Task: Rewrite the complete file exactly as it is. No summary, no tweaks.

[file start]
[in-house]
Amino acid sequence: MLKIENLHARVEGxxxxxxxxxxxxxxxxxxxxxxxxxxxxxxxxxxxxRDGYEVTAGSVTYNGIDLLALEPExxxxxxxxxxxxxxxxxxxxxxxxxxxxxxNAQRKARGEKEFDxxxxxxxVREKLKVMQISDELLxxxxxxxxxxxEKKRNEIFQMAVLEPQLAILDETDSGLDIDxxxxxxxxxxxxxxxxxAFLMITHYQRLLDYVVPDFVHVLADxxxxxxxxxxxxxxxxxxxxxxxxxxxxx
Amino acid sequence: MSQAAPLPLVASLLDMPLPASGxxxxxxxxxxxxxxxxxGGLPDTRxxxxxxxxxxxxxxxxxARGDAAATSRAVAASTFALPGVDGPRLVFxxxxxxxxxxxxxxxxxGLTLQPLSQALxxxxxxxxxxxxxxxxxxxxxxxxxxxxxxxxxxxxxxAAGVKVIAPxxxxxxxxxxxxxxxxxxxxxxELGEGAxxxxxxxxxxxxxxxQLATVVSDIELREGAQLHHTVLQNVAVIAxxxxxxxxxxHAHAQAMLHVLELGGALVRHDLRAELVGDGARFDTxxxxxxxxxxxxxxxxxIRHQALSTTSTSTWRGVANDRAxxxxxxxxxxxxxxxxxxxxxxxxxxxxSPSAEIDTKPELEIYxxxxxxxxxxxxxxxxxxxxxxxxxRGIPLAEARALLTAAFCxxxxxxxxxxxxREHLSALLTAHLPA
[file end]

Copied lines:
[in-house]
Amino acid sequence: MLKIENLHARVEGxxxxxxxxxxxxxxxxxxxxxxxxxxxxxxxxxxxxRDGYEVTAGSVTYNGIDLLALEPExxxxxxxxxxxxxxxxxxxxxxxxxxxxxxNAQRKARGEKEFDxxxxxxxVREKLKVMQISDELLxxxxxxxxxxxEKKRNEIFQMAVLEPQLAILDETDSGLDIDxxxxxxxxxxxxxxxxxAFLMITHYQRLLDYVVPDFVHVLADxxxxxxxxxxxxxxxxxxxxxxxxxxxxx
Amino acid sequence: MSQAAPLPLVASLLDMPLPASGxxxxxxxxxxxxxxxxxGGLPDTRxxxxxxxxxxxxxxxxxARGDAAATSRAVAASTFALPGVDGPRLVFxxxxxxxxxxxxxxxxxGLTLQPLSQALxxxxxxxxxxxxxxxxxxxxxxxxxxxxxxxxxxxxxxAAGVKVIAPxxxxxxxxxxxxxxxxxxxxxxELGEGAxxxxxxxxxxxxxxxQLATVVSDIELREGAQLHHTVLQNVAVIAxxxxxxxxxxHAHAQAMLHVLELGGALVRHDLRAELVGDGARFDTxxxxxxxxxxxxxxxxxIRHQALSTTSTSTWRGVANDRAxxxxxxxxxxxxxxxxxxxxxxxxxxxxSPSAEIDTKPELEIYxxxxxxxxxxxxxxxxxxxxxxxxxRGIPLAEARALLTAAFCxxxxxxxxxxxxREHLSALLTAHLPA